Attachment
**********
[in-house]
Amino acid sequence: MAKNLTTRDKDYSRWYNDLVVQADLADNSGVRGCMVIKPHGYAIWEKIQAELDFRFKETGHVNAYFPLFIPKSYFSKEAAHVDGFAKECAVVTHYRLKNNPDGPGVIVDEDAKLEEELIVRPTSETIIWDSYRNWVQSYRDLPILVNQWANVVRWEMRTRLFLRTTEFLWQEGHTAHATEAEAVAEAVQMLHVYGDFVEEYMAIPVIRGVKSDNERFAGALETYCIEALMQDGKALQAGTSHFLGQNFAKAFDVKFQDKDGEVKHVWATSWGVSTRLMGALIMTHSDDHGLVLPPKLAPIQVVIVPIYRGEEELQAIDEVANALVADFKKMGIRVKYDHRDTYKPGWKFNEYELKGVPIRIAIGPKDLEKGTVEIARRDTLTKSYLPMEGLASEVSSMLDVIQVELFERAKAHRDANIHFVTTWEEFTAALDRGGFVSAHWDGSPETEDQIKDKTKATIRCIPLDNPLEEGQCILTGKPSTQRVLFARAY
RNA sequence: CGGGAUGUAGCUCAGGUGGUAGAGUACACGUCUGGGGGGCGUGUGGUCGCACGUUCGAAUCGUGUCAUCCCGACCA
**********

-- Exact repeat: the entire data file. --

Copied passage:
[in-house]
Amino acid sequence: MAKNLTTRDKDYSRWYNDLVVQADLADNSGVRGCMVIKPHGYAIWEKIQAELDFRFKETGHVNAYFPLFIPKSYFSKEAAHVDGFAKECAVVTHYRLKNNPDGPGVIVDEDAKLEEELIVRPTSETIIWDSYRNWVQSYRDLPILVNQWANVVRWEMRTRLFLRTTEFLWQEGHTAHATEAEAVAEAVQMLHVYGDFVEEYMAIPVIRGVKSDNERFAGALETYCIEALMQDGKALQAGTSHFLGQNFAKAFDVKFQDKDGEVKHVWATSWGVSTRLMGALIMTHSDDHGLVLPPKLAPIQVVIVPIYRGEEELQAIDEVANALVADFKKMGIRVKYDHRDTYKPGWKFNEYELKGVPIRIAIGPKDLEKGTVEIARRDTLTKSYLPMEGLASEVSSMLDVIQVELFERAKAHRDANIHFVTTWEEFTAALDRGGFVSAHWDGSPETEDQIKDKTKATIRCIPLDNPLEEGQCILTGKPSTQRVLFARAY
RNA sequence: CGGGAUGUAGCUCAGGUGGUAGAGUACACGUCUGGGGGGCGUGUGGUCGCACGUUCGAAUCGUGUCAUCCCGACCA